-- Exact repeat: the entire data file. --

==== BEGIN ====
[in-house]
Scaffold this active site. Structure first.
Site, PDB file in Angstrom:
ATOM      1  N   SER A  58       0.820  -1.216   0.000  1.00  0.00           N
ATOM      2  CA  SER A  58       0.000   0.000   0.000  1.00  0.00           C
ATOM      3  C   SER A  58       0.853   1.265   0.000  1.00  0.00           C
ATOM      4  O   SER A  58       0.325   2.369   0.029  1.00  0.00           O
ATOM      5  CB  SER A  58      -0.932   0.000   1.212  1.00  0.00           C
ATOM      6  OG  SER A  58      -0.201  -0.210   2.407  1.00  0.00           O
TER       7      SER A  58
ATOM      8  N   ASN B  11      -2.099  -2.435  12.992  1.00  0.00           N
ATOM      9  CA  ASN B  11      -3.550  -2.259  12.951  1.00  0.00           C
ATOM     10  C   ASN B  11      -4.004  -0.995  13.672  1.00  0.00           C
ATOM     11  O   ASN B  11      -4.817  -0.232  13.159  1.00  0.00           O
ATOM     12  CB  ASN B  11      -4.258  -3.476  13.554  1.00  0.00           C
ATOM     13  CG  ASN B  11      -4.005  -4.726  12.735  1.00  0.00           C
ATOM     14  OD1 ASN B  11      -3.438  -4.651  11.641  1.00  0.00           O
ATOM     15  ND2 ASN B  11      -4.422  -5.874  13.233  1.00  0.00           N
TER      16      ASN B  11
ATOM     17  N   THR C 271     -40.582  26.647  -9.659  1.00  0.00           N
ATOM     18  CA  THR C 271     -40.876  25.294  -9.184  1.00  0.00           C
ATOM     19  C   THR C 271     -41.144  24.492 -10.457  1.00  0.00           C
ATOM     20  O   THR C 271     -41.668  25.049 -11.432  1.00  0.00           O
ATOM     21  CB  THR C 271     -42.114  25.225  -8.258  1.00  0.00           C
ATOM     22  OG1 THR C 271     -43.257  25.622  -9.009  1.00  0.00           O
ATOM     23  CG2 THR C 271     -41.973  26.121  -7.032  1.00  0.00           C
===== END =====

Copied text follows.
[in-house]
Scaffold this active site. Structure first.
Site, PDB file in Angstrom:
ATOM      1  N   SER A  58       0.820  -1.216   0.000  1.00  0.00           N
ATOM      2  CA  SER A  58       0.000   0.000   0.000  1.00  0.00           C
ATOM      3  C   SER A  58       0.853   1.265   0.000  1.00  0.00           C
ATOM      4  O   SER A  58       0.325   2.369   0.029  1.00  0.00           O
ATOM      5  CB  SER A  58      -0.932   0.000   1.212  1.00  0.00           C
ATOM      6  OG  SER A  58      -0.201  -0.210   2.407  1.00  0.00           O
TER       7      SER A  58
ATOM      8  N   ASN B  11      -2.099  -2.435  12.992  1.00  0.00           N
ATOM      9  CA  ASN B  11      -3.550  -2.259  12.951  1.00  0.00           C
ATOM     10  C   ASN B  11      -4.004  -0.995  13.672  1.00  0.00           C
ATOM     11  O   ASN B  11      -4.817  -0.232  13.159  1.00  0.00           O
ATOM     12  CB  ASN B  11      -4.258  -3.476  13.554  1.00  0.00           C
ATOM     13  CG  ASN B  11      -4.005  -4.726  12.735  1.00  0.00           C
ATOM     14  OD1 ASN B  11      -3.438  -4.651  11.641  1.00  0.00           O
ATOM     15  ND2 ASN B  11      -4.422  -5.874  13.233  1.00  0.00           N
TER      16      ASN B  11
ATOM     17  N   THR C 271     -40.582  26.647  -9.659  1.00  0.00           N
ATOM     18  CA  THR C 271     -40.876  25.294  -9.184  1.00  0.00           C
ATOM     19  C   THR C 271     -41.144  24.492 -10.457  1.00  0.00           C
ATOM     20  O   THR C 271     -41.668  25.049 -11.432  1.00  0.00           O
ATOM     21  CB  THR C 271     -42.114  25.225  -8.258  1.00  0.00           C
ATOM     22  OG1 THR C 271     -43.257  25.622  -9.009  1.00  0.00           O
ATOM     23  CG2 THR C 271     -41.973  26.121  -7.032  1.00  0.00           C